the amount we use isn't like running a stick burner or a woodstove. creosote buildup, or off flavors, isn't going to be a problem in most cases. in fact, there are a lot of people (including esteemed roadside bbq places) who swear by green wood.

    i vote: try some next cook.
  • fishlessmanfishlessman Posts: 15,713
    your good to go, thats how i get my smoking wood. stike has me smoking hickory bark now right off the tree so i guess the no bark rule doesnt apply much either. found two nice trees off the beaten path to pick from :)
  • Fruit wood should be used as green as possible. The sap is what you are looking for, for best flavor. Especially cherry and peach wood.

    Hickory's can age forever! it seems.
  • FrankCFrankC Posts: 414
    I age hardwood for at least a year, fruitwood at least 6 months.

    I'm still using pecan that I got over 4 years ago, and like someone said above, I think it gets better the longer it ages.

    Just my 2 cents.

    fc :)
  • i went to the folks' house the other day prior to this last storm, and picked up all the shagbark from the first storm a couple weeks ago. i have a literal arm load of shagback hickory (bark) if you need any. three foot long shanks of the stuff. hhaha

    couldn't pass it up. that'll last me forever unless i give some away.
  • and there are those who say it loses flavor with age. hahaha

    which proves, essentially, that it is entirely subjective and folks need to just try stuff and figure it out for themselves.

    i'd never burn green wood in the fire place in any great volume, but for food, in the BGE, it all comes down to makin' up yer own mind.
  • fishlessmanfishlessman Posts: 15,713
    ive got a lifetime supply now with the two trees, its in an area where the dog gets walked. now would you pick the poison ivy off it or smoke that as well :laugh:
  • eenie meenieeenie meenie Posts: 4,391
    I do not do near as many lo and slo's in comparison to many forum members, but I have enjoyed my cooks with both dry and green woods (mainly fruitwoods). I really want some fresh alderwood, but living in Ohio, I'll have to wait for a friend from Seattle to bring me some. I want to use it to smoke some salmon.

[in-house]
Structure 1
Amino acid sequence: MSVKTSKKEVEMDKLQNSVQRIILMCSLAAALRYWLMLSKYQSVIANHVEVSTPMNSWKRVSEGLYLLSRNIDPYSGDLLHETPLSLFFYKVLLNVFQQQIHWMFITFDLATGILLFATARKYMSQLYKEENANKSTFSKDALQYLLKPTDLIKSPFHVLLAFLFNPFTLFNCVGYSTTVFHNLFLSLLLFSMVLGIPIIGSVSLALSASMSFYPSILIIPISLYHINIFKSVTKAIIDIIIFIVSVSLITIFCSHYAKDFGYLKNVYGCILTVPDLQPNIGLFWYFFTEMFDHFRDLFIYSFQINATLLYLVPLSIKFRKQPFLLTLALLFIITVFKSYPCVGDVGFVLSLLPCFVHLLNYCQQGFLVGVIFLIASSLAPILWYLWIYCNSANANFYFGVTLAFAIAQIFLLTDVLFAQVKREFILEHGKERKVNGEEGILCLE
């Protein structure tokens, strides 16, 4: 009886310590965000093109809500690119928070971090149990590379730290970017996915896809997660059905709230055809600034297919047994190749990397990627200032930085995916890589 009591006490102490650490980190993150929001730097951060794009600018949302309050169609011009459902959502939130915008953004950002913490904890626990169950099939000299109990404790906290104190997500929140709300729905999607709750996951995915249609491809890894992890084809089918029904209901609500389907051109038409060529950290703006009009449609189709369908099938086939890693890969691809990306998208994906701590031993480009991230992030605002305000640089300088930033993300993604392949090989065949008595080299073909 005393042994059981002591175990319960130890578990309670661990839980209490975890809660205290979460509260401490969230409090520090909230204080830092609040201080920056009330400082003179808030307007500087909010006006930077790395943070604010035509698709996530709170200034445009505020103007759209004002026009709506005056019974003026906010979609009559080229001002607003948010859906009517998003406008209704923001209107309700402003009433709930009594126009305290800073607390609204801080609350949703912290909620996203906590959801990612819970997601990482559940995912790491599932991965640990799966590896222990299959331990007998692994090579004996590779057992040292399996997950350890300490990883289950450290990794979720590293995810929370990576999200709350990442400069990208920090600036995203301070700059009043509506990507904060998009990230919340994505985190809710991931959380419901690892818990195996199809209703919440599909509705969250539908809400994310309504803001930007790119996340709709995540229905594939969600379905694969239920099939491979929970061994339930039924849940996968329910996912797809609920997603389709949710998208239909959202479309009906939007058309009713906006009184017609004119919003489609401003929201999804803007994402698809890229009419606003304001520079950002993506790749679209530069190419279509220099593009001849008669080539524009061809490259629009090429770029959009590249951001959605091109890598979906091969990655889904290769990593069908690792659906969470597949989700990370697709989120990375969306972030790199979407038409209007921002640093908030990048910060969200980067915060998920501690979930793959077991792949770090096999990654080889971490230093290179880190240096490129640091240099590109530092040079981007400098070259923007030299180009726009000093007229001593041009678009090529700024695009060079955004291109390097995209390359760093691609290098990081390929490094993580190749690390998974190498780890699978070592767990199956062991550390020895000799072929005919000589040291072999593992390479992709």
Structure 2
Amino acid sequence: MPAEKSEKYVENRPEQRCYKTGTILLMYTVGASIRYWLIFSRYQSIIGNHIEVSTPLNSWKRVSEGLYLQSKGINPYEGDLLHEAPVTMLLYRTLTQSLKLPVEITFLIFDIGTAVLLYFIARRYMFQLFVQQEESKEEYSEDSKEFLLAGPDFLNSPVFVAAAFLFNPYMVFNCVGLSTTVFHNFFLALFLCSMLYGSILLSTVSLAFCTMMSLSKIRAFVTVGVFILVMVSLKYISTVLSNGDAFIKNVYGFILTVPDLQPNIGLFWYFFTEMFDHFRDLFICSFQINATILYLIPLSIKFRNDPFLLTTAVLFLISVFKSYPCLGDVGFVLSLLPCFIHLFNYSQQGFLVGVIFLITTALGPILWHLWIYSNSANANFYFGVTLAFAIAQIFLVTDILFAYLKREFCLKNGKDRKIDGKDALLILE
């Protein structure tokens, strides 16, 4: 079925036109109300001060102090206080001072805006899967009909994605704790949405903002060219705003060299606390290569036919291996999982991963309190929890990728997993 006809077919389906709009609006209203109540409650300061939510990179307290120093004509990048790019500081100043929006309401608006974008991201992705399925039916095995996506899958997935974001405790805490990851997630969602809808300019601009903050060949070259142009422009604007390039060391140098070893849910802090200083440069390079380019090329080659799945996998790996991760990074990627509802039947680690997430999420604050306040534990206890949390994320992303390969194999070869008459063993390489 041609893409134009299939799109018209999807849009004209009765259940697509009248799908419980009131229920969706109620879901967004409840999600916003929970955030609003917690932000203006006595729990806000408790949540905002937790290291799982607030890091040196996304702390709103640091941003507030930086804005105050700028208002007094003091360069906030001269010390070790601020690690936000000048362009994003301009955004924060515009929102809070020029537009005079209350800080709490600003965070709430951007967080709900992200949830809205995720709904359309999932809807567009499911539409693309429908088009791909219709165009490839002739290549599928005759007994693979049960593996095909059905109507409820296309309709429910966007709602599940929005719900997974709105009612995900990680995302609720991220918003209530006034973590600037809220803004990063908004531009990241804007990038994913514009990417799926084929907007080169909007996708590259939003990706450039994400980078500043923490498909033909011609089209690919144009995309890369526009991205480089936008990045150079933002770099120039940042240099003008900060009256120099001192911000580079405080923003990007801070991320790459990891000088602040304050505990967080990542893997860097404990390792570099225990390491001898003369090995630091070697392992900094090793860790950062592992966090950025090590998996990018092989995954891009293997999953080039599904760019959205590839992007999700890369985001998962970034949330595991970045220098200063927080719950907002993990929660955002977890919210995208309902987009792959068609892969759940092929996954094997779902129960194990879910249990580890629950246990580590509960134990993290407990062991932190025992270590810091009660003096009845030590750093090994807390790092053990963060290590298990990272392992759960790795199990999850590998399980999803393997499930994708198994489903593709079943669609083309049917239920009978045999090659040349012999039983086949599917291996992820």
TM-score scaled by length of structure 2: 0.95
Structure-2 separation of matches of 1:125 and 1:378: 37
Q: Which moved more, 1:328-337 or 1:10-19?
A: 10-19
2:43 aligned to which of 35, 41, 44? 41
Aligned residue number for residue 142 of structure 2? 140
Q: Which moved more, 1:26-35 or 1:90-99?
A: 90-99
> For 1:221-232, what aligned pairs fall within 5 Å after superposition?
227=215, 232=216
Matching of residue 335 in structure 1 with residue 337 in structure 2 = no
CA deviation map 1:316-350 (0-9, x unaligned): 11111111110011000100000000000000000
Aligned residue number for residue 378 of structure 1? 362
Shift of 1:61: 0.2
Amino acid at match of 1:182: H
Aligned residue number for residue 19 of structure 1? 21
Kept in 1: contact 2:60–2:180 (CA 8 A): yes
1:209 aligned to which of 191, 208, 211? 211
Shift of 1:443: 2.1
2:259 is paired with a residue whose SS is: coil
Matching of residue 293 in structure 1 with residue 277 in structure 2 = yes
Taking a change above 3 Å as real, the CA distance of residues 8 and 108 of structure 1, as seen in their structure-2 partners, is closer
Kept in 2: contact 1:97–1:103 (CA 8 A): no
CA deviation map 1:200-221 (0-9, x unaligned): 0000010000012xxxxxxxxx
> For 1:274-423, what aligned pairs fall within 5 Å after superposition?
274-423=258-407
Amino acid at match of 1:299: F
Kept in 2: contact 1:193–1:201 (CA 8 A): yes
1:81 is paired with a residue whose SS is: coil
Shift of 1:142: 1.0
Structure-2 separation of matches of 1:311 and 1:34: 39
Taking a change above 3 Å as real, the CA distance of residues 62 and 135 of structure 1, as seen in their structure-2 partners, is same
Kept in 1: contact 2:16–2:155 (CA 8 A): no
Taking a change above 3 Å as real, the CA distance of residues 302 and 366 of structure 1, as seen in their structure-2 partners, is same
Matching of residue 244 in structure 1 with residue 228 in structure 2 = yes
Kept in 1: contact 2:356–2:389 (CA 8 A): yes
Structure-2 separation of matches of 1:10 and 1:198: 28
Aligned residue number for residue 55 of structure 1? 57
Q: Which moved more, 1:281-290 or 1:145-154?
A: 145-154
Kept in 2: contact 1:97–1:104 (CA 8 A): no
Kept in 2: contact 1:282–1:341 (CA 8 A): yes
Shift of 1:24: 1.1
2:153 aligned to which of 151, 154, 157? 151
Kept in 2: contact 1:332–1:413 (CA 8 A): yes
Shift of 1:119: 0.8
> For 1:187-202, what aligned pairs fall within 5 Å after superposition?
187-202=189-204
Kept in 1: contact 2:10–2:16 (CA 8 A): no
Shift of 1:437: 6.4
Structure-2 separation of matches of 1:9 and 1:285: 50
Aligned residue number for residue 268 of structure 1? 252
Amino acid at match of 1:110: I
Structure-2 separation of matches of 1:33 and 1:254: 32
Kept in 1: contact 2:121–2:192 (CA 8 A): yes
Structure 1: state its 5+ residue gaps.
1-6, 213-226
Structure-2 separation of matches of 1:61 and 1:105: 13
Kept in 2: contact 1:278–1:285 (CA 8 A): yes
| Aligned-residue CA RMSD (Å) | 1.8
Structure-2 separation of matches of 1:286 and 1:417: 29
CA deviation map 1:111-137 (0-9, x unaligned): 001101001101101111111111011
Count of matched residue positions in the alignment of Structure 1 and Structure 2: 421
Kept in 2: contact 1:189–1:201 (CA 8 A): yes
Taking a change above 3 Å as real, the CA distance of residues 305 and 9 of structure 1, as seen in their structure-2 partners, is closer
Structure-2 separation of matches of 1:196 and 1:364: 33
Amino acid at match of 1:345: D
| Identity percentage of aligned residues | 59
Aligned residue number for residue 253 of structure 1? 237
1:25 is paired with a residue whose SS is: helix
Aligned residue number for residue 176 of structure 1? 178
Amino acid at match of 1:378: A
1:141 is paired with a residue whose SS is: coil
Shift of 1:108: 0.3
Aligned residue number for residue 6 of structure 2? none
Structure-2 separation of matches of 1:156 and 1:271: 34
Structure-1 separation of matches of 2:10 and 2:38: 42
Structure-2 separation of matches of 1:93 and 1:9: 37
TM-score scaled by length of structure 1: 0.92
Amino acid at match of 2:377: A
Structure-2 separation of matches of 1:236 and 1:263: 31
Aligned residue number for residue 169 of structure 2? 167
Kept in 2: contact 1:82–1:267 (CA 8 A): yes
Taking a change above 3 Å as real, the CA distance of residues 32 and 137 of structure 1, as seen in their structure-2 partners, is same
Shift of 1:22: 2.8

• poison ivy gives it a nice amount of heat
  • otisdogotisdog Posts: 187
    Interesting question. I got some green cherry last year and used it with chicken. I really didn't like the taste at all and decided it must just be something I don't like. I tried it again a few weeks ago when I was out of hickory and really liked the flavor. I never thought about green vs aged until I read your post. Apparently I like it better dried for a year.
  • crghc98crghc98 Posts: 1,006
    found a couple of those out near a friends house in CT....Stike gave me the idea....I will be using that on almost everything now, and was thinking about trying to make the shagbark syrup.
  • As you have read...Lots of opinion here B)
    It comes down to what taste YOU like and how the flavors come across for you.
    As I stated earlier, I like a seasoned smoke-wood the best. I just like the flavors better!! Guess I learned and / or acquired that taste from a late uncle that did a lot of smoking!! And always swore on seasoned wood.
    For the record, I have to agree with you about cherry! I use a lot of cherry (mostly pork and chicken / fowl and love the sweet flavor it gives.